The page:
If I may, as a UKIP supporter, I would like to respond to a number of points that you raise in your post.Update: Simon Cooke (Magus), author of the post, has tweeted rather weakly, in my view, that all of his comments miss the point. In what way? I'm happy to be corrected. I suspect I won't be because, rather than miss the point, the comments tell an inconvenient truth.
Firstly I get the impression that you're implying that UKIP is an exile party for former Tories. This is simply not the case. It derives its support right across the political spectrum. For example one of its heartlands is in the South West which is Lib Dem territory and one of UKIP's best recent performances was in Barnsley - a Labour stronghold. Asking UKIP members who used to be Lib Dem or Labour to vote Tory is a bit of a long shot to say the least. I personally have never voted Tory and am very unlikely to ever do so.
The second point I would like to make is the loose term of the word Eurosceptic - it is a term that is often misused. The vast majority of Tories want to stay in the EU.
You write "that half the backbenches in parliament supported an in/out referendum reflects that fact" That is not entirely true, the motion also contained an option to "repatriate powers" which means continuing membership - this what attracted backbencher support. The vast majority of Tory MPs agree with this latter option as indicated by your comment here: "My Party becomes more opposed to the continuation of EU integration with each passing day."
Repatriation of powers, though technically possible is not going to happen. Technically it's possible for me to land on the moon but the chances of it happening is precisely zero. Arguing for repatriation woefully misunderstands 'ever closer union' and the process of acquis communautaire. Euroscepticism is a term used to try to keep the Tory faithful on board while keeping EU membership - it is a deception.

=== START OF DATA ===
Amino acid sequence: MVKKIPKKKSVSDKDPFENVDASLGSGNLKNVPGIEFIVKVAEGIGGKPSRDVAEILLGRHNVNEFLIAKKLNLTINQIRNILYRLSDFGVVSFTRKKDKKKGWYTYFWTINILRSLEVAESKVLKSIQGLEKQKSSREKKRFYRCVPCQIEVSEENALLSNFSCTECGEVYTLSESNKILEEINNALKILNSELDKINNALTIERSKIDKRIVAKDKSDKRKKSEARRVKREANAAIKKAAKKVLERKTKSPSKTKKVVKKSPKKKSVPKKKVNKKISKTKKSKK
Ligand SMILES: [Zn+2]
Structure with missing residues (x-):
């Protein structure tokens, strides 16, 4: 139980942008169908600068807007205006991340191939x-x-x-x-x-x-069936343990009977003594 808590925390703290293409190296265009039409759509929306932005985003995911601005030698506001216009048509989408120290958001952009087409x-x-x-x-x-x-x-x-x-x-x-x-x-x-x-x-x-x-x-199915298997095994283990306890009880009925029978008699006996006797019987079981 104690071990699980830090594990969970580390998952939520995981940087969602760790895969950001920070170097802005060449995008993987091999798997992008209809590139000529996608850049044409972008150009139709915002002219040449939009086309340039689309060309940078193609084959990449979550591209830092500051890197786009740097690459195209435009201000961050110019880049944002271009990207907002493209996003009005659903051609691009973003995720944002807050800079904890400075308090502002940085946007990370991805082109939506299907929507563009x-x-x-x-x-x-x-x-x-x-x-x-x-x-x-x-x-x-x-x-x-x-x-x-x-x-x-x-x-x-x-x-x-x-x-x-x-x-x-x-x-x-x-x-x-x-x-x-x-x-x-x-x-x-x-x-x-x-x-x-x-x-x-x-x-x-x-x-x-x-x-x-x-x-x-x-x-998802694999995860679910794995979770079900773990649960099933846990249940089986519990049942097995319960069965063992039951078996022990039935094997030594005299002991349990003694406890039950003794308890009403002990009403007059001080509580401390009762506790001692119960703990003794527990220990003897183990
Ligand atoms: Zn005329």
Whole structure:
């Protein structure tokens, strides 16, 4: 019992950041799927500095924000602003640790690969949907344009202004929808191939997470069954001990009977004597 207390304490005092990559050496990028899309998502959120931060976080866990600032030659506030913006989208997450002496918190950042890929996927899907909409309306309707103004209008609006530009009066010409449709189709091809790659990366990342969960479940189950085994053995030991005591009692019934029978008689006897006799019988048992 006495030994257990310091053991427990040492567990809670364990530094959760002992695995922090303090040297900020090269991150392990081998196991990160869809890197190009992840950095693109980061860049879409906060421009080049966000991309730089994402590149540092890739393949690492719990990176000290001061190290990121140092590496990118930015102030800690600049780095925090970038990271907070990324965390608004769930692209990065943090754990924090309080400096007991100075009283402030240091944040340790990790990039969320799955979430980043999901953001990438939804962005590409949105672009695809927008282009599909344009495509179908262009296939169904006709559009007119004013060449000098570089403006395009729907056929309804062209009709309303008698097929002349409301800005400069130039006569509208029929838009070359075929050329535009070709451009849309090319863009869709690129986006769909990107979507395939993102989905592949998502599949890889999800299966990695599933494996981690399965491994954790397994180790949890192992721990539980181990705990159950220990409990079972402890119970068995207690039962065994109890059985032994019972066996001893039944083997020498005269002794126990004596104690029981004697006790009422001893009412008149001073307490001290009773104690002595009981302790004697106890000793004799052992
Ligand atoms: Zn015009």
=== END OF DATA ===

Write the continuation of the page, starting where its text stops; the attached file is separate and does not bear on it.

And that leads me on to my third and more important point - that the Tories are not eurosceptic.
Andrew Carnegie once said “As I grow older, I pay less attention to what men say. I just watch what they do.”. This most definitely applies to Tories. In nearly 40 years, despite the rhetoric, they have:
Actions speak louder than words and no amount of rhetoric can cover the fact that the Tories cannot wait to constantly integrate further.
- Entered the EEC on a lie (read the 1971 internal document FCO 30/1048)
- Campaigned in the 1975 referendum for a yes vote, including Thatcher
- Passed the Single European Act
- Shadowed the Deutschmark in preparation to enter the ERM.
- Entered the ERM which directly lead to the early '90s recession
- Passed the Maastricht Treaty
- Have become, in Roger Helmer's words the most pro-EU government ever, since elected in 2010.
To use a football analogy; I have supported my team for over 25 years, in that time I've criticised players, managers and the board but every year I still renew my season ticket. That makes me a supporter not a sceptic. And the same is true of Tories, despite the criticism of some aspects of the EU, when that EU season ticket renewal comes up they gleefully renew. They are supporters not sceptics.
Then there's this comment: So long as UKIP leaches those votes, there will not be such a majority and we'll remain on that seemingly inexorable course to a federal Europe. Leaving aside the question of 'Tories are Euroscpetic' as countered above this assertion has been my experience for a long time as a PPC and a local candidate. Tories have a habit of accusing UKIP of 'stealing our votes' or 'splitting the vote so Labour gets in'. Not mine or UKIPs problem I'm afraid, party polices are rather like goods in a shop, if no one wants to buy them that's the shop's fault not the customers. The solution to the Tories haemorrhaging voters and members is to look in the mirror.
And it's for those reasons that I will never support them or any other of the main parties.
15 minutes ago